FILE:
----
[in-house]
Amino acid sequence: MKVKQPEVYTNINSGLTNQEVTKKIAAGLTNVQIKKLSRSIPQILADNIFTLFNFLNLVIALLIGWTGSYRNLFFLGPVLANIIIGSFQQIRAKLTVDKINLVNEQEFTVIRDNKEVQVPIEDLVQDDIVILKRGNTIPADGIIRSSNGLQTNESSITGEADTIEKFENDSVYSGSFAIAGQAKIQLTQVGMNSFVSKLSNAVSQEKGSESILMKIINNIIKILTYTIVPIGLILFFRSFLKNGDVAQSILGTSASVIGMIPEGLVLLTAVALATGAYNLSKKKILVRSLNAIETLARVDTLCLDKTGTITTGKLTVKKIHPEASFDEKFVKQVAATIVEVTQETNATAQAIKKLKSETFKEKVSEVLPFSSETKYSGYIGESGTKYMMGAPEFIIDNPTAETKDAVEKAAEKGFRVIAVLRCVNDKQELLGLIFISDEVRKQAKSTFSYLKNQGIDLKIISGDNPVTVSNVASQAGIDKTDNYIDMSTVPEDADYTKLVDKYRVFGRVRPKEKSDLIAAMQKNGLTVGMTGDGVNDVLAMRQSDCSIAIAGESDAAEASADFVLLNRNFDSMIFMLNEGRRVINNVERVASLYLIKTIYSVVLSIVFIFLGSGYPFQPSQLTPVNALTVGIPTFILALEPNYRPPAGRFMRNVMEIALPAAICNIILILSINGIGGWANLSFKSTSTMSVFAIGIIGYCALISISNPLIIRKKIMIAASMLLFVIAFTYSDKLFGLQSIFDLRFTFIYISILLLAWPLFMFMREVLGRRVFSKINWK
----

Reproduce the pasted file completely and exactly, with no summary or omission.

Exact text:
[in-house]
Amino acid sequence: MKVKQPEVYTNINSGLTNQEVTKKIAAGLTNVQIKKLSRSIPQILADNIFTLFNFLNLVIALLIGWTGSYRNLFFLGPVLANIIIGSFQQIRAKLTVDKINLVNEQEFTVIRDNKEVQVPIEDLVQDDIVILKRGNTIPADGIIRSSNGLQTNESSITGEADTIEKFENDSVYSGSFAIAGQAKIQLTQVGMNSFVSKLSNAVSQEKGSESILMKIINNIIKILTYTIVPIGLILFFRSFLKNGDVAQSILGTSASVIGMIPEGLVLLTAVALATGAYNLSKKKILVRSLNAIETLARVDTLCLDKTGTITTGKLTVKKIHPEASFDEKFVKQVAATIVEVTQETNATAQAIKKLKSETFKEKVSEVLPFSSETKYSGYIGESGTKYMMGAPEFIIDNPTAETKDAVEKAAEKGFRVIAVLRCVNDKQELLGLIFISDEVRKQAKSTFSYLKNQGIDLKIISGDNPVTVSNVASQAGIDKTDNYIDMSTVPEDADYTKLVDKYRVFGRVRPKEKSDLIAAMQKNGLTVGMTGDGVNDVLAMRQSDCSIAIAGESDAAEASADFVLLNRNFDSMIFMLNEGRRVINNVERVASLYLIKTIYSVVLSIVFIFLGSGYPFQPSQLTPVNALTVGIPTFILALEPNYRPPAGRFMRNVMEIALPAAICNIILILSINGIGGWANLSFKSTSTMSVFAIGIIGYCALISISNPLIIRKKIMIAASMLLFVIAFTYSDKLFGLQSIFDLRFTFIYISILLLAWPLFMFMREVLGRRVFSKINWK